In previous generations, when professional sports franchises had athletes who were considered to be all-star caliber on their teams, those teams would experience a "star effect," which would result in long-term increases in publicity, fan interest, and merchandise and ticket sales. Now, University of Missouri researchers have analyzed the Twitter usage of Major League Baseball (MLB) teams, athletes and fans and discovered that the "star effect" had no long-term impacts on MLB teams' Twitter following and fan engagement. Nicholas Watanabe, an assistant teaching professor in the MU Department of Parks, Recreation and Tourism, says this is important for professional sports franchises that are looking for ways to improve fan engagement and expand their brand reach.
"Economically, sports franchises grow by increasing fan engagement, which ultimately leads to increased television revenues and merchandise and ticket sales," Watanabe said. "In the past, teams could earn boosts in fan engagement by acquiring star athletes, through trades, free agent signings or by developing them internally; these boosts would last for several seasons, or as long as star players remained productive on those teams. In the current generation, it appears that this 'star effect' doesn't translate to social media, so teams will need to find alternative strategies to building fan engagement other than acquiring high-profile athletes."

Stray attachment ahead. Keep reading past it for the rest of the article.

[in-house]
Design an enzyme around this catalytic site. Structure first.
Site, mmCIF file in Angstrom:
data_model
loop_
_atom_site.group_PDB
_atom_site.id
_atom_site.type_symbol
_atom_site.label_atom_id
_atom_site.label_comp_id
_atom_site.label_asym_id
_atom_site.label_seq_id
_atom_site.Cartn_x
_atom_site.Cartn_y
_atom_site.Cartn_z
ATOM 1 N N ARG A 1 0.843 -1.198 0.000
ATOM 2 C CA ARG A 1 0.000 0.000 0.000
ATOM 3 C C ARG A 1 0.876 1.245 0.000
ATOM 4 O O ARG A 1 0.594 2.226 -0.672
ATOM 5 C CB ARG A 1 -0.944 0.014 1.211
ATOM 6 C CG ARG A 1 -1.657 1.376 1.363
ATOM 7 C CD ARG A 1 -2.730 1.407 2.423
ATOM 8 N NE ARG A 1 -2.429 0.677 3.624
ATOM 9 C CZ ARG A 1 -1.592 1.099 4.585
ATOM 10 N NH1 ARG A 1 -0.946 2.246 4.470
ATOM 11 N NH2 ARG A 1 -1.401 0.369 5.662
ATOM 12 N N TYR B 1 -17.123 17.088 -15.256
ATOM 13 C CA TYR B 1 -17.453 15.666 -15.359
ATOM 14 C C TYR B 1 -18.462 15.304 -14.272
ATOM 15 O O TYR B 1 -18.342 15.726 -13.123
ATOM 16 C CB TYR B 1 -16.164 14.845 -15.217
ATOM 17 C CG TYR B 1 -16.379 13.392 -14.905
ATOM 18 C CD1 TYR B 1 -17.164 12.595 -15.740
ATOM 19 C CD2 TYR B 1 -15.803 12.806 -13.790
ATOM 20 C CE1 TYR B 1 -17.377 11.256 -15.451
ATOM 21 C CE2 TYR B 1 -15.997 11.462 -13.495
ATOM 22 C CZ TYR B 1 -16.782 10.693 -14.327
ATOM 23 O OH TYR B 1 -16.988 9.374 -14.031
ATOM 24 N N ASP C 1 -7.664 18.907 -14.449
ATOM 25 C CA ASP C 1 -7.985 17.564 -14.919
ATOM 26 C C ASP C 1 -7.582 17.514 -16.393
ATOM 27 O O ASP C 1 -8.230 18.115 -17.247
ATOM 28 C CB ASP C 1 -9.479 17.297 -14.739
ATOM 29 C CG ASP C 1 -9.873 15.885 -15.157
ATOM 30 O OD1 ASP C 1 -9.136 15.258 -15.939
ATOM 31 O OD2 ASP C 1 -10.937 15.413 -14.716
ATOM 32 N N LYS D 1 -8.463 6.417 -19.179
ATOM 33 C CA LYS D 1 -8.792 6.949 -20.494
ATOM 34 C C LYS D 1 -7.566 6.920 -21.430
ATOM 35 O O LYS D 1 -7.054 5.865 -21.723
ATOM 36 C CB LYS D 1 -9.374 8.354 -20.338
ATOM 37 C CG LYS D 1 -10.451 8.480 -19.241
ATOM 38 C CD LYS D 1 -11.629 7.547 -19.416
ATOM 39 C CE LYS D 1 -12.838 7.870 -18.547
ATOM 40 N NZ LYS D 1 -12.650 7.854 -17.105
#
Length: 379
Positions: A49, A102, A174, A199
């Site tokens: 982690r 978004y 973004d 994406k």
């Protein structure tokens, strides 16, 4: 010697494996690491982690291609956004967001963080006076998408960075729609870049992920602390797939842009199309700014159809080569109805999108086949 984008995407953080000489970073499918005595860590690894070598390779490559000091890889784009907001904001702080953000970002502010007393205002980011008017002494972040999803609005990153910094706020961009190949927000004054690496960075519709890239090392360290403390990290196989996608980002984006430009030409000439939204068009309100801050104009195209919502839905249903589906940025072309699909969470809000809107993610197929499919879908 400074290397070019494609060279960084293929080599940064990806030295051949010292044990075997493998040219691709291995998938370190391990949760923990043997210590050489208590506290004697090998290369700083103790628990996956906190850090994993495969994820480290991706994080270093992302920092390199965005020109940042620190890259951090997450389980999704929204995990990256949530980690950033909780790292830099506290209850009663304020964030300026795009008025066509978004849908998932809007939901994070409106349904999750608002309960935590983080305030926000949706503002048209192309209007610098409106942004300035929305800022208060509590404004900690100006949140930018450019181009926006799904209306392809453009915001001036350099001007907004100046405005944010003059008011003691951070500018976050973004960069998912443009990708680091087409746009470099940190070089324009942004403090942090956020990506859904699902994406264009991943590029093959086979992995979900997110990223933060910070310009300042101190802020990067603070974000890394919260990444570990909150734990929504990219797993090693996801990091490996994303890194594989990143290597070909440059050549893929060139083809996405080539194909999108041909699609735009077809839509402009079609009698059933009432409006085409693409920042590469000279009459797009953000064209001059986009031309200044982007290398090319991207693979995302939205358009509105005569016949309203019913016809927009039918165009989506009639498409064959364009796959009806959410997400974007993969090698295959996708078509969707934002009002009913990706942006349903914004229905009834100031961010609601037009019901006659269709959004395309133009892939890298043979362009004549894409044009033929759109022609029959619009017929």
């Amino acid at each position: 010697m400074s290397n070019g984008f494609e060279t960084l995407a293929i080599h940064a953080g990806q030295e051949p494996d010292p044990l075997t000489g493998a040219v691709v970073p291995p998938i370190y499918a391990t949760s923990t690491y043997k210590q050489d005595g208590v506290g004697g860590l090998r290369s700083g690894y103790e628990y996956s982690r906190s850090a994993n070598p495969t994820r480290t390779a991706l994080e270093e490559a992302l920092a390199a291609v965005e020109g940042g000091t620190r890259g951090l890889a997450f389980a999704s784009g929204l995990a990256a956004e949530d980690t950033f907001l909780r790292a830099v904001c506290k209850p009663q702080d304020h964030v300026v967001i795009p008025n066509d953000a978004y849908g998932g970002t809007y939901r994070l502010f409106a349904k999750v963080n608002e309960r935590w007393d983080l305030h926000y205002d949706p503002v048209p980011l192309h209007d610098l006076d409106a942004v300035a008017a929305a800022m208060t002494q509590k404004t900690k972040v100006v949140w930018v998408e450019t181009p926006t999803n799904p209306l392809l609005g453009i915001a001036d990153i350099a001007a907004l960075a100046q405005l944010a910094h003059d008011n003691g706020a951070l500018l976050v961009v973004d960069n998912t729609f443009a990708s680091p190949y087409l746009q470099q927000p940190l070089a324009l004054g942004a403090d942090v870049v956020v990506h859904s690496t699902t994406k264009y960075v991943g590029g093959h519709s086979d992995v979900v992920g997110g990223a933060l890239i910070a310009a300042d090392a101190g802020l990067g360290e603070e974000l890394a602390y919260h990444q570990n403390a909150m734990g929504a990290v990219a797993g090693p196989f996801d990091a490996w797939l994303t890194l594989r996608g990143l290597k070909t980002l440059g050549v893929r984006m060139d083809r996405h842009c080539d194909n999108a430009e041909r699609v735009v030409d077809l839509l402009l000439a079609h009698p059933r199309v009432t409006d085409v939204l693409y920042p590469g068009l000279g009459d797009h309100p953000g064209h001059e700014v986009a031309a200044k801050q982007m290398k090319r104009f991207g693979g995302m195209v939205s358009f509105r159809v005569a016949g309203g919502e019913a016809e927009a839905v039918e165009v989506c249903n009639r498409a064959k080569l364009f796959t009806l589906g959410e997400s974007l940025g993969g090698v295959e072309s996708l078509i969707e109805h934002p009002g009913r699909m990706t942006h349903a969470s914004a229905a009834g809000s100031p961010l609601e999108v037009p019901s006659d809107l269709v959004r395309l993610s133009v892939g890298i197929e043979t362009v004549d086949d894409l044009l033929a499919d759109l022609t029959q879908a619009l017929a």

For the study, Watanabe and coauthor Grace Yan, an assistant teaching professor at MU, analyzed data from the Twitter accounts of all MLB teams and every player who played in 40 or more games from July 2013 through June 2014. They found that MLB teams did experience small short-term boosts in their Twitter followings after acquiring star players, but that those boosts did not last long.
"In the current social media age, athletes are able to build their own followings and develop their own brands outside of their teams," Yan said. "Fans may follow specific athletes they like without caring much about the specific teams for which they play. It is much more effective and important for teams to connect with fans directly, engage with them and promote conversation on Twitter among fans themselves. We found that this is a much more effective strategy for maintaining and growing fan and consumer bases on social media."
"Interaction with fans matters," Watanabe said. "It is smart for MLB teams to promote their new star players in the short-term, as they can bring in new fans attracted by the high profile-names. However, in order to keep those new fans engaged, teams need to work hard to interact and foster communities with those people. If teams do that, they can create tight-knit and profitable fan bases. Otherwise, those Twitter followers may move on to the next exciting thing."
While the MLB is unique due to how many games are played each season, Watanabe and Yan believe these findings can be applied in some capacity to other professional sports teams as well. The study "Consumer Interest in Major League Baseball: An Analytical Modeling of Twitter" recently was published in the Journal of Sport Management. Brian Soebbing, an assistant professor at Temple University, was a coauthor of the study. The MU Department of Parks, Recreation and Tourism is housed in the College of Agriculture, Food and Natural Resources.
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